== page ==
Senior members of the Palestinian leadership received a direct message from Abbas that they were to treat the Trump administration as hostile and challenge its decisions in any and every international forum, whatever the cost. A senior Palestinian official told Al-Monitor that Abbas was deeply offended by the American administration, which said one thing to him but did another. Abbas feels that Trump's envoys, Jason Greenblatt and Jared Kushner, intentionally deceived him. According to the official, Abbas may be acting on his gut response, but he still has no choice but to fight the decision with every diplomatic means at his disposal, instead of “turning the other cheek.” He added that the support of the other 14 members of the Security Council encouraged the Palestinians and offered them a sense of hope in their struggle.
Hanan Ashrawi, a member of the PLO Executive Committee, praised the 14 nations for their support. She promised that the entire Palestinian leadership would respond with a single voice in the international arena, particularly at the United Nations, “to ensure that justice prevails and that these Israeli and American violations will not challenge the peace and stability of the world.”
If an overwhelming majority at the UN General Assembly rejects Trump's declaration, it would be interpreted by the Palestinian delegation as a sign of international support for the path that Abbas has chosen. Such a vote would demonstrate to the public back home that apart from Trump and the United States, the rest of the international community backs Abbas. Widespread support in the United Nations would also be a green light for the kinds of moves that Abbas has been planning for the next few weeks to request that the Palestinians be granted membership in various UN committees and international bodies, including full membership to the International Criminal Court (ICC).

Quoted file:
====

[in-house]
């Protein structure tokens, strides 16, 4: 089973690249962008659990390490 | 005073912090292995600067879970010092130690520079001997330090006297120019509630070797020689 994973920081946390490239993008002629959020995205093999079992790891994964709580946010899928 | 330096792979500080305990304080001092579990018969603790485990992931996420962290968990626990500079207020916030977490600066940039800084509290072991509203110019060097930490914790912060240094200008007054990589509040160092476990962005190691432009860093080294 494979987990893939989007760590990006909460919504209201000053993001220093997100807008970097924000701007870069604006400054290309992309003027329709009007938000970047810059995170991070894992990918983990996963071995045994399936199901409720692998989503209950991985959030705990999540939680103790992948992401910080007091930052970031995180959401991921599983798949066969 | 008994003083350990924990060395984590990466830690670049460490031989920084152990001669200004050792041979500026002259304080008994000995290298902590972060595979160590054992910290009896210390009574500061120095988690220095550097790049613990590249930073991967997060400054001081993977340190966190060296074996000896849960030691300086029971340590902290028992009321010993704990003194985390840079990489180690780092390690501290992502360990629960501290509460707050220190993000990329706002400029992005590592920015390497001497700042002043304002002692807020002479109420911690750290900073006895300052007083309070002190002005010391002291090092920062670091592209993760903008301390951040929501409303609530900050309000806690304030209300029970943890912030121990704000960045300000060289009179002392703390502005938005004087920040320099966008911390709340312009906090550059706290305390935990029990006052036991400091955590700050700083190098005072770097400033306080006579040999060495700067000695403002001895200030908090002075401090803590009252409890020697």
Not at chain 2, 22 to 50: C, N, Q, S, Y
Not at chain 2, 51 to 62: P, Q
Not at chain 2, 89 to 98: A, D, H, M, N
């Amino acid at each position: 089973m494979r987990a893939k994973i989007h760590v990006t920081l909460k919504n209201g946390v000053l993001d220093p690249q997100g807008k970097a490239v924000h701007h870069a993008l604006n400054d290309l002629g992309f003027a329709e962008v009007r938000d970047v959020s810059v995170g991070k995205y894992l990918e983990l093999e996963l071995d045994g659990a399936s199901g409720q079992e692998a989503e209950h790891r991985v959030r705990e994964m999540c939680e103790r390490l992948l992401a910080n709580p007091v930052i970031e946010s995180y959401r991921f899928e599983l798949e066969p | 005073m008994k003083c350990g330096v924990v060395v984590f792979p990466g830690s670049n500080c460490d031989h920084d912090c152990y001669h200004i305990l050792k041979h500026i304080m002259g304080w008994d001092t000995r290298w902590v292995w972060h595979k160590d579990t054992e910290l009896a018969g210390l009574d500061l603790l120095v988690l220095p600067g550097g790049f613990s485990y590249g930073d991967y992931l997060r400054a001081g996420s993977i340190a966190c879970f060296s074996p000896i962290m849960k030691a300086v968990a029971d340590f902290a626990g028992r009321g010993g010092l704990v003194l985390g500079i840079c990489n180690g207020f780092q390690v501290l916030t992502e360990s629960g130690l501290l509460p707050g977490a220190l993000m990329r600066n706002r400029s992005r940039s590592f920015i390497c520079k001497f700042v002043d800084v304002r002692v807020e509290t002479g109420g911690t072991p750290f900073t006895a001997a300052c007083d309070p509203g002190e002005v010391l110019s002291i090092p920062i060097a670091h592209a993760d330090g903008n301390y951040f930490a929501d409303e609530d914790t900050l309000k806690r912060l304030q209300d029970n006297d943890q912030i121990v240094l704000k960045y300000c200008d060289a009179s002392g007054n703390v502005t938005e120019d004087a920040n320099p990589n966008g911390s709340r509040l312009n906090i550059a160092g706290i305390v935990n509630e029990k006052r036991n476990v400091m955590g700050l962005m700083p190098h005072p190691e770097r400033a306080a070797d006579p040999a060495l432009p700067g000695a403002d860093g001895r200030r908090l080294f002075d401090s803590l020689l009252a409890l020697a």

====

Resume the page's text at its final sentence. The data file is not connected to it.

When the Palestinians received observer status at the ICC three years ago, Israel imposed economic sanctions. Since then, Israel has pulled out its economic sanctions card every time Abbas has threatened to join UN committees or the ICC as a full member. Israel has a proven weapon against any diplomatic measures taken by Abbas. It can freeze the transfer of tariffs that it collects for the PA for business conducted by Palestinians with Israel and the rest of the world. This would make it impossible for the PA to pay the salaries of its employees and effectively bring about its economic collapse.
Abbas is determined to submit these requests right after the vote at the General Assembly. When he does, Prime Minister Benjamin Netanyahu, Education Minister Naftali Bennett and Defense Minister Avigdor Liberman will compete, for their own political reasons, over who can come up with the most creative and extreme sanctions against the PA, which could lead to Abbas' fall. On Dec. 15, Liberman boasted that the only reason Abbas remains in power is because he maintains security coordination with Israel and hinted that the Palestinian president would not dare abandon the arrangement, even if once again subjected to the kinds of sanctions that would strangle the PA.
Abbas is taking into consideration the same type of Israeli measures that he has experienced in the past. Given his current situation, this time it looks like he has no other choice but to take a fateful step.